DVD Talk
Release List Reviews Shop Newsletter Forum DVD Giveaways Blu-Ray Advertise
Reviews & Columns
Reviews
DVD
TV on DVD
HD DVD / Blu-ray
International DVDs
Theatrical
Video Games

Features
Collector Series DVDs
Easter Egg Database
Interviews
DVD Talk Radio
Feature Articles

Columns
Anime Talk
DVD Stalk
DVD Savant
High-Def Revolution
Silent DVD

discussion forum
DVD Talk Forum
Resources
DVD Price Search
Customer Service #'s
RCE Info
Links

DVDTalk Info
Review Staff
About DVD Talk
Advertise
Newsletter Subscribe
Join DVD Talk Forum
DVD Talk Feeds


Sponsored Links
Search: For:
Reviews » Blu-ray Reviews » Bank Shot (Blu-ray)
Bank Shot (Blu-ray)
Kino // PG // June 23, 2015 // Region A
List Price: $29.95 [Buy now and save at Amazon]
Review by Stuart Galbraith IV | posted July 13, 2015 | E-mail the Author
Buy from Amazon.com
C O N T E N T
V I D E O
A U D I O
E X T R A S
R E P L A Y
A D V I C E
Rent It
E - M A I L
this review to a friend
P R I N T
Printer Friendly
There's not a whole lot to be said of Bank Shot (1974), a caper comedy starring George C. Scott and directed by Gower Champion, the Broadway dancer, choreographer, and Broadway stage director - an odd choice for this sort of material. The story is built around a single, mildly clever idea, and tries too hard with its eccentric but feeble characterizations. The film was based on the novel The Bank Shot by Donald E. Westlake, a prolific novelist and screenwriter working in multiple genres. He's best remembered for his novel The Hunter, the basis for the movie Point Blank, and for his screenplay adaptation of Jim Thompson's The Grifters. The Bank Shot was Westlake's second "Dortmunder" novel, the first of which was adapted as The Hot Rock (1972), starring Robert Redford as the same if barely recognizable character Scott plays here, though for the movie of Bank Shot he's been renamed Walter Upjohn Ballantine. In other respects, however, Scott's character is a bit closer to Westlake's original.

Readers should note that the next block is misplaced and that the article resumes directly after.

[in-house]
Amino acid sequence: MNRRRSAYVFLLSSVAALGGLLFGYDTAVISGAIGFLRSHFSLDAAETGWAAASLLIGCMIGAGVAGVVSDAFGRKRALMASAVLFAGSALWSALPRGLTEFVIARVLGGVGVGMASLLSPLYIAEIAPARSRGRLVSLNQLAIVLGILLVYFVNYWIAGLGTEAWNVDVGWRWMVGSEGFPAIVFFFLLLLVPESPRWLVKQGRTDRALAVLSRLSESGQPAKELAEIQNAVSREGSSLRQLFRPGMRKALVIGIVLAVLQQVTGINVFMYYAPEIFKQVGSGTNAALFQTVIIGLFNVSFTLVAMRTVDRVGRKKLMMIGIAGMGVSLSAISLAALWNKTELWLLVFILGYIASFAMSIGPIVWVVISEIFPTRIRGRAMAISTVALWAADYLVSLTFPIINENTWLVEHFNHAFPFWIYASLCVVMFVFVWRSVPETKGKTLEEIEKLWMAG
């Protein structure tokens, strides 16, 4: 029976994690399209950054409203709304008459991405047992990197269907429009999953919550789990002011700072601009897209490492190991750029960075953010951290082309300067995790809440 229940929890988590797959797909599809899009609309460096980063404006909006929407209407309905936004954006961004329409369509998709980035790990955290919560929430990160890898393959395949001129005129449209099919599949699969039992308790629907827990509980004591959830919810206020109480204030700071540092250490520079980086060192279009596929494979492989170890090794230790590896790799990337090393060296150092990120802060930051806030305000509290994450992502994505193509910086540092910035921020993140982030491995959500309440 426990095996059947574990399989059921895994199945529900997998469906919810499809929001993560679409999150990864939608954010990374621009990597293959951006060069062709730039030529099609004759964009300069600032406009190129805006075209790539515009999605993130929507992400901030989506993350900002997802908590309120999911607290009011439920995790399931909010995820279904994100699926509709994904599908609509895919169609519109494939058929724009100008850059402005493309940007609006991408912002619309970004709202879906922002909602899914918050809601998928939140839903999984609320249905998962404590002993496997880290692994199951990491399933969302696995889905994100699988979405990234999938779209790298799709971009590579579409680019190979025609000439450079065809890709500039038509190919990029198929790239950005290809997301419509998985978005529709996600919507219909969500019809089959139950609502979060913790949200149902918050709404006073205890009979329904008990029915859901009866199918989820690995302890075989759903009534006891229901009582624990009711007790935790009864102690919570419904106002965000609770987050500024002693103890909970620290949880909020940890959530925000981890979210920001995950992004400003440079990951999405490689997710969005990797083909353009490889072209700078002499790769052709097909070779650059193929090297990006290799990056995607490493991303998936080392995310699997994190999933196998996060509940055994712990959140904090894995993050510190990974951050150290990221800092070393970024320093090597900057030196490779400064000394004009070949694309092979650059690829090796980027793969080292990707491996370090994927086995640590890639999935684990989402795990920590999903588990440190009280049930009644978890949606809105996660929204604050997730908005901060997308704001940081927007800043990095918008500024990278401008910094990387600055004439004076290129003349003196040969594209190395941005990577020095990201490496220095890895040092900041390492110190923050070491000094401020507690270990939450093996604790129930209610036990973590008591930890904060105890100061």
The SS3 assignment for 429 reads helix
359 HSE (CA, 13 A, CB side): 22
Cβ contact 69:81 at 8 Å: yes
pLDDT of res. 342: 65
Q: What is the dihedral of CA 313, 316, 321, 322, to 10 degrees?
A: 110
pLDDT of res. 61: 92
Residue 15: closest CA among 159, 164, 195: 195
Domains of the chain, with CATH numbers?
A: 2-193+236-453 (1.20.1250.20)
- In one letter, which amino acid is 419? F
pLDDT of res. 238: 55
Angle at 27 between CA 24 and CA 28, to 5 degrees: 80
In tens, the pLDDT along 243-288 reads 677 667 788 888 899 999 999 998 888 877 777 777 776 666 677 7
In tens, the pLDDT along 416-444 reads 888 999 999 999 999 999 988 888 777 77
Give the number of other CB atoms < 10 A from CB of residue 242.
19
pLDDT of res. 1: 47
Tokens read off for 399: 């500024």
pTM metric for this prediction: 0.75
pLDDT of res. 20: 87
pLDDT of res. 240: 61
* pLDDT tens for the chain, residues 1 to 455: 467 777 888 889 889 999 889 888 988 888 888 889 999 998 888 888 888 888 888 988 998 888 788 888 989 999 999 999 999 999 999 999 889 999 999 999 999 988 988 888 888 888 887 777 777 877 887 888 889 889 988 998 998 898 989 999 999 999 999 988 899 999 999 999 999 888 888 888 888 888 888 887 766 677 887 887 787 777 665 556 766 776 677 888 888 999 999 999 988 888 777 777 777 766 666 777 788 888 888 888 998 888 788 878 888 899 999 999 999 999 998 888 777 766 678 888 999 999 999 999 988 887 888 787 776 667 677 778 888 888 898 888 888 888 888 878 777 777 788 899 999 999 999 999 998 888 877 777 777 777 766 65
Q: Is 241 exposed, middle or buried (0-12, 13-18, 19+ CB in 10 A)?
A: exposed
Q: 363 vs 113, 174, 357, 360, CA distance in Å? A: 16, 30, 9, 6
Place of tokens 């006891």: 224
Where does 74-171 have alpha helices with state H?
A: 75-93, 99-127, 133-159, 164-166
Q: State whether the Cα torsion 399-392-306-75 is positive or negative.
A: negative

Kino's new Blu-ray, licensed from MGM, looks okay, a bit better than MGM's transfer of the otherwise greatly superior Harry in Your Pocket (1973), one of three vaguely related releases, the third being Cops and Robbers (1974).


The slight plot has colorful, would-be criminal mastermind Ballantine (Scott) serving a long prison sentence after attempting to rob Fort Knox. Beautiful and rich Eleonora, "El" (Joanna Cassidy), bankrolls Ballantine's escape, greatly upsetting golf-fancier warden Bulldog Streiger (Clifton James) who, working with Andrew Constable (G. Wood), becomes determined to capture him.

El, along with Ballantine's longtime associate, Albert G. Karp (Sorrell Brooke), have hatched a scheme to rob a bank temporarily housed in a mobile home in Los Angeles's San Fernando Valley. Ballantine decides rather than attempt a break-in it would be easier to steal the entire bank. Joined by Karp's nephew, fired FBI agent Victor (Bob Balaban), cash-poor Anaheim mayoral candidate Herman X (Frank McRae), Stosh Gornik (Don Calfa) and his mother (Bibi Osterwald), they set their dubious caper into motion.

Bank Shot has a free-spirited, lighthearted air that's hard to entirely dislike, and this tone is aided somewhat by composer John Morris's like-minded, bouncy score. (Morris, of course, was the favorite composer of Mel Brooks.)